The book of Philippians is a familiar book for many of us. If you’ve been a digital subscriber for a while now you’ve studied less familiar passages – like the book of Jonah in January and February of this year and the genealogy of Christ during Advent season. But many of us, if we’ve been in the church for some time, feel rather familiar with the book of Philippians. We grew up in Sunday school classes that taught us to “consider others interests ahead of your own” and to “let your manner be worthy of the gospel.” But even as these words ring familiar to us (and to me personally), my study of this book in preparation for this digital study has reminded me: this book is about so much more.
I used to think that Philippians was about practical instructions on living the Christian life. And, while it does have great one-liners about obedience and sanctification, it also holds out before us a robust theology of spiritual friendships. Embedded in the very structure of the book (which we’ll be looking at this week) and throughout the grammatical choices of the author we see a portrait of what partnership in the Gospel can and should look like.
This has been surprising to me, if I’m honest. In these studies I’m fairly intentional not to share too much about how I am applying these passages to my own life because, well, the study just isn’t about me. This isn’t my blog, it’s a Bible study. And, as such, I want to let each of us personalize and apply as the Spirit leads. But in the outset of my study the Lord has unearthed a struggle in my own heart that I think many of us can relate to: Christian friendships puzzle me. Though in different seasons of my life I have had deeply meaningful Christian friendships – friends who hold me accountable to being in the Word and repenting of my sin – I find that new Christian friendships can be difficult to make. Particularly in adulthood, spiritual friendships haven’t come terribly naturally to me. They confuse me, intimidate me, and frazzle me.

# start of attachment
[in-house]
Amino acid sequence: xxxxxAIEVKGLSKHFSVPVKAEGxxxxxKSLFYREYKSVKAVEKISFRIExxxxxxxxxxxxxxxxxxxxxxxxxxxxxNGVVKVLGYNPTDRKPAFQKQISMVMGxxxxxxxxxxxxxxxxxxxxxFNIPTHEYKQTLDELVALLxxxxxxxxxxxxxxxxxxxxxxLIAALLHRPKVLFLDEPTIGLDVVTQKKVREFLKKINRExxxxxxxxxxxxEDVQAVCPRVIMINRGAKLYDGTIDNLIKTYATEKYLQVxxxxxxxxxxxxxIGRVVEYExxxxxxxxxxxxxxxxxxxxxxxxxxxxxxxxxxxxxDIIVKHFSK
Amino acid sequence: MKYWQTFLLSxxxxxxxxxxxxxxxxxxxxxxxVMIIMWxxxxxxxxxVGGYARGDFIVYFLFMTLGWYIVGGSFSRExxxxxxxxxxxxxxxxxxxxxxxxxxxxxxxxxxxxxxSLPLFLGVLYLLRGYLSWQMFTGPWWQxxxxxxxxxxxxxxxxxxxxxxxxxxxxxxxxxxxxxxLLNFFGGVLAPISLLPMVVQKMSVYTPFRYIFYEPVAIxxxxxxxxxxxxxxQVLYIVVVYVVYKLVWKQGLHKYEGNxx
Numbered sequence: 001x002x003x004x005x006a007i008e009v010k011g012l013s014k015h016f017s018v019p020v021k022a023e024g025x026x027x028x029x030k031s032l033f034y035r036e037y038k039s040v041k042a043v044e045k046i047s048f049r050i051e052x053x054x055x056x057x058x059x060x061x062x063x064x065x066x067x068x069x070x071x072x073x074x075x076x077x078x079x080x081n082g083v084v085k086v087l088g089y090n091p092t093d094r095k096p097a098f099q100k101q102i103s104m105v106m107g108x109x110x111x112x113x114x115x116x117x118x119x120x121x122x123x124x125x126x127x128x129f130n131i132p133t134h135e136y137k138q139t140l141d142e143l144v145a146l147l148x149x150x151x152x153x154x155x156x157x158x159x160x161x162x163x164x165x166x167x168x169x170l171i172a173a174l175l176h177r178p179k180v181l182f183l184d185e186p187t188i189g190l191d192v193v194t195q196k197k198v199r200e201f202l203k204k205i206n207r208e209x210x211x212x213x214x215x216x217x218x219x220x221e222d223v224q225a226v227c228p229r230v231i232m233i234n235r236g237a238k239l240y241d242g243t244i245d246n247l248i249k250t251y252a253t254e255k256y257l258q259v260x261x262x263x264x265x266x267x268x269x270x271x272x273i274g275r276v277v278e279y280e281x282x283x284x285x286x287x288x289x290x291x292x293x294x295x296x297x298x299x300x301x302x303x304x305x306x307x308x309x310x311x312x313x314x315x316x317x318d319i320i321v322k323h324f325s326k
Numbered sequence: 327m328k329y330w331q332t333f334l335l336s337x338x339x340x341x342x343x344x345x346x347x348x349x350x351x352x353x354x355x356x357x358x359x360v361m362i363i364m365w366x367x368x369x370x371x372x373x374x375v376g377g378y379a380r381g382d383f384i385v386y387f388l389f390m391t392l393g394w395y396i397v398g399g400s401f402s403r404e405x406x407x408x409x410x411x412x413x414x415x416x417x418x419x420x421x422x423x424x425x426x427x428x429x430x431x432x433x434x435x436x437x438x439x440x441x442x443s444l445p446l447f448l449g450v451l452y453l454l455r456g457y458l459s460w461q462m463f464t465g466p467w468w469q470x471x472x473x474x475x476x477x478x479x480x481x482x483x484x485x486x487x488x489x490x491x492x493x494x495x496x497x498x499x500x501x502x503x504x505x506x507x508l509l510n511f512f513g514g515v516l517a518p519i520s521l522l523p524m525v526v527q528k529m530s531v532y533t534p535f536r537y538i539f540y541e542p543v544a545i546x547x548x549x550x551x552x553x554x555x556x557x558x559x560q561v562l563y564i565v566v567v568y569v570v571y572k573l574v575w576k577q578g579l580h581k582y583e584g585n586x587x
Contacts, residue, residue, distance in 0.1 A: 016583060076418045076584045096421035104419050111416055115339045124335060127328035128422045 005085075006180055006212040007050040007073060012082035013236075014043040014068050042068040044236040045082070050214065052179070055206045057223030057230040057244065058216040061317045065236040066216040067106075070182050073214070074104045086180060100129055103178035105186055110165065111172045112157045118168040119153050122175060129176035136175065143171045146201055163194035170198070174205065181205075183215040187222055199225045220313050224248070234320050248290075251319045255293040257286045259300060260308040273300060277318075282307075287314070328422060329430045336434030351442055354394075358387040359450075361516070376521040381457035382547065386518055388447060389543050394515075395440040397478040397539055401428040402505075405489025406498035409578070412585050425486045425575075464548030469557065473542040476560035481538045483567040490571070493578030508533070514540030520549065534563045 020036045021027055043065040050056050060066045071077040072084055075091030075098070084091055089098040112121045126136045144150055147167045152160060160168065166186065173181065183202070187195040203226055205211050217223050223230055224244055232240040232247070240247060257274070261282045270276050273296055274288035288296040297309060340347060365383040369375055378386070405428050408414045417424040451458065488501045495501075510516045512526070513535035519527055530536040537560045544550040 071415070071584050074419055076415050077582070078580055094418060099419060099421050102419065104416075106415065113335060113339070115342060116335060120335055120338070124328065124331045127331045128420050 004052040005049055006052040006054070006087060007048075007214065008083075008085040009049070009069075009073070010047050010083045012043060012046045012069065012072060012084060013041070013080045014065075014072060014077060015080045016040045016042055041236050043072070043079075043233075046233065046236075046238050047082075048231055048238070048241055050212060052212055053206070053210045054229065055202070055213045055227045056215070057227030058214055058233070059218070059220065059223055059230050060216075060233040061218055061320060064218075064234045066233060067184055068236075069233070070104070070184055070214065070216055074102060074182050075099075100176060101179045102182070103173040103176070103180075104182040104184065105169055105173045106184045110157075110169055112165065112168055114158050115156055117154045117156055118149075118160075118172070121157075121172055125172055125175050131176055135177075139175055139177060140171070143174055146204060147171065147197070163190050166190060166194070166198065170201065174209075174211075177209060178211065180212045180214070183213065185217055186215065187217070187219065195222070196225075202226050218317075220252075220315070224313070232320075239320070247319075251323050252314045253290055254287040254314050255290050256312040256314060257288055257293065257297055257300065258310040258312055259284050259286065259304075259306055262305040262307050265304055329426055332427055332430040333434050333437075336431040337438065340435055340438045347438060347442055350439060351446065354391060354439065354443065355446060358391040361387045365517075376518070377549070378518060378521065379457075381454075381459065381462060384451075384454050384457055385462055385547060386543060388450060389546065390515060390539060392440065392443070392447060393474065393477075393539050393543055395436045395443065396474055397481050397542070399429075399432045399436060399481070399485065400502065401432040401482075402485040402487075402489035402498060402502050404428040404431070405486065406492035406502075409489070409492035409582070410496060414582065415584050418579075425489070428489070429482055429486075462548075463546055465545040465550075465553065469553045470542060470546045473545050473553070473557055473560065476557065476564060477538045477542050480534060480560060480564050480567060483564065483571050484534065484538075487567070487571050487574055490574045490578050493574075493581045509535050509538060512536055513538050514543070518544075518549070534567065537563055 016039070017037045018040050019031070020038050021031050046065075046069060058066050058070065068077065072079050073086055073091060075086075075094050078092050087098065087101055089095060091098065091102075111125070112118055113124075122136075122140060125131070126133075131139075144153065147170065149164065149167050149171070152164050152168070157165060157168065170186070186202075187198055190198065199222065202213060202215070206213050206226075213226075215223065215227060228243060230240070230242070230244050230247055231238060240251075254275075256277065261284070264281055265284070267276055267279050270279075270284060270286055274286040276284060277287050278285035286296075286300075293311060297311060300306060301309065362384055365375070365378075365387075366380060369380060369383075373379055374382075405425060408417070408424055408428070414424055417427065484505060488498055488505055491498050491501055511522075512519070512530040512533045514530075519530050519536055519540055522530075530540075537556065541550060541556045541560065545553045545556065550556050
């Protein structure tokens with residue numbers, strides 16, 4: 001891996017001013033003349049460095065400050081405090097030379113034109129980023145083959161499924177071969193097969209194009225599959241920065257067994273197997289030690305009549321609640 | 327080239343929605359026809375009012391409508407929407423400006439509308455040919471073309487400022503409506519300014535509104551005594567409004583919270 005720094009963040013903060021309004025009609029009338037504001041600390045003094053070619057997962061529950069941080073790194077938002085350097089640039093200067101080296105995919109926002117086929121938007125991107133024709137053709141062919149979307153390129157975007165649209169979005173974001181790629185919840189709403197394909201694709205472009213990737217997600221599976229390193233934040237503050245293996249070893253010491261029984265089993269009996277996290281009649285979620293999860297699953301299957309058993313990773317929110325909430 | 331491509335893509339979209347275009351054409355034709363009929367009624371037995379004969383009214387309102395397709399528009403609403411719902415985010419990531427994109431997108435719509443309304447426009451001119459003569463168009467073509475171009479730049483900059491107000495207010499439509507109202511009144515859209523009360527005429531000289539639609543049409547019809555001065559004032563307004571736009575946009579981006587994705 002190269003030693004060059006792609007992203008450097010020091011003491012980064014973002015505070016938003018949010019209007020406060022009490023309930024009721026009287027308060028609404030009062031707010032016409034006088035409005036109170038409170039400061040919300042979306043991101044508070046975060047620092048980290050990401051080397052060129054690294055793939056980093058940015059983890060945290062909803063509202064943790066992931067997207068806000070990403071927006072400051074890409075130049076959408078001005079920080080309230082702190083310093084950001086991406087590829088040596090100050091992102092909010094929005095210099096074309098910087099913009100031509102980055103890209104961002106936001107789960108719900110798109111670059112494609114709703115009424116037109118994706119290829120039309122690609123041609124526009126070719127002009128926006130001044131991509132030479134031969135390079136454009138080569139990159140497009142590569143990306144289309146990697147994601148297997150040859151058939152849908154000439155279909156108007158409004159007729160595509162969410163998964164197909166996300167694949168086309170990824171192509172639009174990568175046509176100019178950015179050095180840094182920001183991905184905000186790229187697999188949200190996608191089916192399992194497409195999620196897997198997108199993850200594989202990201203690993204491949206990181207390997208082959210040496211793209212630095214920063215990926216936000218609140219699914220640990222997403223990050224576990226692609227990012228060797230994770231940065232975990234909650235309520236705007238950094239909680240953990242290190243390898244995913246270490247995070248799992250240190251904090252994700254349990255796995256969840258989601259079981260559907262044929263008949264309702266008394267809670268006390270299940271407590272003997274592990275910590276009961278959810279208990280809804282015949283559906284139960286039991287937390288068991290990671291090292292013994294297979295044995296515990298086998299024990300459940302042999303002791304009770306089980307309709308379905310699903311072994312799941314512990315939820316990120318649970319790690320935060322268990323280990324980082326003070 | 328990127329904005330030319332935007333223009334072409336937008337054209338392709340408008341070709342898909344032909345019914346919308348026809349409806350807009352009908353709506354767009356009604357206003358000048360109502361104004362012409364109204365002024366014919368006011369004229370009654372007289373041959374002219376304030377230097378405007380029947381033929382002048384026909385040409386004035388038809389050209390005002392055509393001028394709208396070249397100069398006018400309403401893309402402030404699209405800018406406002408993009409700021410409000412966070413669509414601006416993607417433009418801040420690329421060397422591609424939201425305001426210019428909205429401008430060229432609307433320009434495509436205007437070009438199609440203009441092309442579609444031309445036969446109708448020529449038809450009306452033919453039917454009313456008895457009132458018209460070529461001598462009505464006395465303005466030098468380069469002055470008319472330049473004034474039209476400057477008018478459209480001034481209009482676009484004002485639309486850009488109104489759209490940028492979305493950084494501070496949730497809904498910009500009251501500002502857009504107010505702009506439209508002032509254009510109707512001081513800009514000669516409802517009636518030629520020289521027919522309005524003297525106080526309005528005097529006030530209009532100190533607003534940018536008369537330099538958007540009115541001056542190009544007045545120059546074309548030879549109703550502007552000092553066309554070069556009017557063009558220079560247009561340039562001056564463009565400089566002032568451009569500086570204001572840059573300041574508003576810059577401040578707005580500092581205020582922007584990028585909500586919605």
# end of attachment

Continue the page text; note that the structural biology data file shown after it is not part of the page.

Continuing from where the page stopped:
But the honest truth is this: I need them. I crave them. I want them.
We all need spiritual friendships. We need friends who point us to Christ when we stray, draw us to worship through their own sacrifice, and preach the Gospel us to us when we’re discouraged. Christians need other Christians – not just as co-church members, but as friends.
And that is part of what the book of Philippians is about. The book offers us a glorious look at a few friendships that honor the Lord and further His Kingdom. And, I don’t know about you, but I desperately want to learn from them.
April through July, digital study subscribers will have access to a nine week study in the book of Philippians. The first week will be spent doing a book overview study so that we do the hard work of proper exegesis before we dive into the content and application. Starting April 1st, every Monday through Friday you’ll see a new day of study posted here in your member portal. Everything you need for the study – Greek tutorials, book overview worksheets, commentary, and questions for reflection – will be available in the study.
I’d be thrilled to have you join us for this study. For all of my co-studiers, I’m praying that the Lord would meet you in your time, that His Spirit would illuminate the Text to you, and that you would embrace with joy the spiritual friendships He draws into your life.